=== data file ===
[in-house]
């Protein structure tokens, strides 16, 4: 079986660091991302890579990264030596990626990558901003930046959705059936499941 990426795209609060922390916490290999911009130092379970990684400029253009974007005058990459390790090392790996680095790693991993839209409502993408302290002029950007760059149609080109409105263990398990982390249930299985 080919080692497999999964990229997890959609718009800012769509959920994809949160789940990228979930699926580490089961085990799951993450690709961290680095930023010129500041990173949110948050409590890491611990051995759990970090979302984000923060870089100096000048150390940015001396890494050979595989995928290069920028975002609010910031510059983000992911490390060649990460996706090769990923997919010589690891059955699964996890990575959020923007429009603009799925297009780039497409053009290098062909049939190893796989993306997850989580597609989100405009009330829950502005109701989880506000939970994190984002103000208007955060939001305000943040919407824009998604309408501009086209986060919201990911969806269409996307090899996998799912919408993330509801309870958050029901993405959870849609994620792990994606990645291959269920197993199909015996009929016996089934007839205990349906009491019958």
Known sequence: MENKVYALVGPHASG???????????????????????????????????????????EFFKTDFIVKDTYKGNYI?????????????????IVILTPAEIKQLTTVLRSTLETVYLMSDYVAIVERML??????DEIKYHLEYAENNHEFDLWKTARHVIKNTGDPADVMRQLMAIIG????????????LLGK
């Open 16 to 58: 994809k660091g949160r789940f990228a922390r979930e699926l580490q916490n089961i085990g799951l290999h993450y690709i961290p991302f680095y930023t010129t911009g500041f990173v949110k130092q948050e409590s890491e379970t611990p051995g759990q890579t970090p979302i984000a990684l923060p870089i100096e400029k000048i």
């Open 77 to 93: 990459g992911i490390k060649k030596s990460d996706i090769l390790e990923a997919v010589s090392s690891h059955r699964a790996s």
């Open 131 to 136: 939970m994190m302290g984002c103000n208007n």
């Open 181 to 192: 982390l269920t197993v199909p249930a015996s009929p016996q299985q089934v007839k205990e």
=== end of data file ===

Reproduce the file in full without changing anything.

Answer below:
[in-house]
């Protein structure tokens, strides 16, 4: 079986660091991302890579990264030596990626990558901003930046959705059936499941 990426795209609060922390916490290999911009130092379970990684400029253009974007005058990459390790090392790996680095790693991993839209409502993408302290002029950007760059149609080109409105263990398990982390249930299985 080919080692497999999964990229997890959609718009800012769509959920994809949160789940990228979930699926580490089961085990799951993450690709961290680095930023010129500041990173949110948050409590890491611990051995759990970090979302984000923060870089100096000048150390940015001396890494050979595989995928290069920028975002609010910031510059983000992911490390060649990460996706090769990923997919010589690891059955699964996890990575959020923007429009603009799925297009780039497409053009290098062909049939190893796989993306997850989580597609989100405009009330829950502005109701989880506000939970994190984002103000208007955060939001305000943040919407824009998604309408501009086209986060919201990911969806269409996307090899996998799912919408993330509801309870958050029901993405959870849609994620792990994606990645291959269920197993199909015996009929016996089934007839205990349906009491019958």
Known sequence: MENKVYALVGPHASG???????????????????????????????????????????EFFKTDFIVKDTYKGNYI?????????????????IVILTPAEIKQLTTVLRSTLETVYLMSDYVAIVERML??????DEIKYHLEYAENNHEFDLWKTARHVIKNTGDPADVMRQLMAIIG????????????LLGK
């Open 16 to 58: 994809k660091g949160r789940f990228a922390r979930e699926l580490q916490n089961i085990g799951l290999h993450y690709i961290p991302f680095y930023t010129t911009g500041f990173v949110k130092q948050e409590s890491e379970t611990p051995g759990q890579t970090p979302i984000a990684l923060p870089i100096e400029k000048i």
């Open 77 to 93: 990459g992911i490390k060649k030596s990460d996706i090769l390790e990923a997919v010589s090392s690891h059955r699964a790996s």
């Open 131 to 136: 939970m994190m302290g984002c103000n208007n």
């Open 181 to 192: 982390l269920t197993v199909p249930a015996s009929p016996q299985q089934v007839k205990e």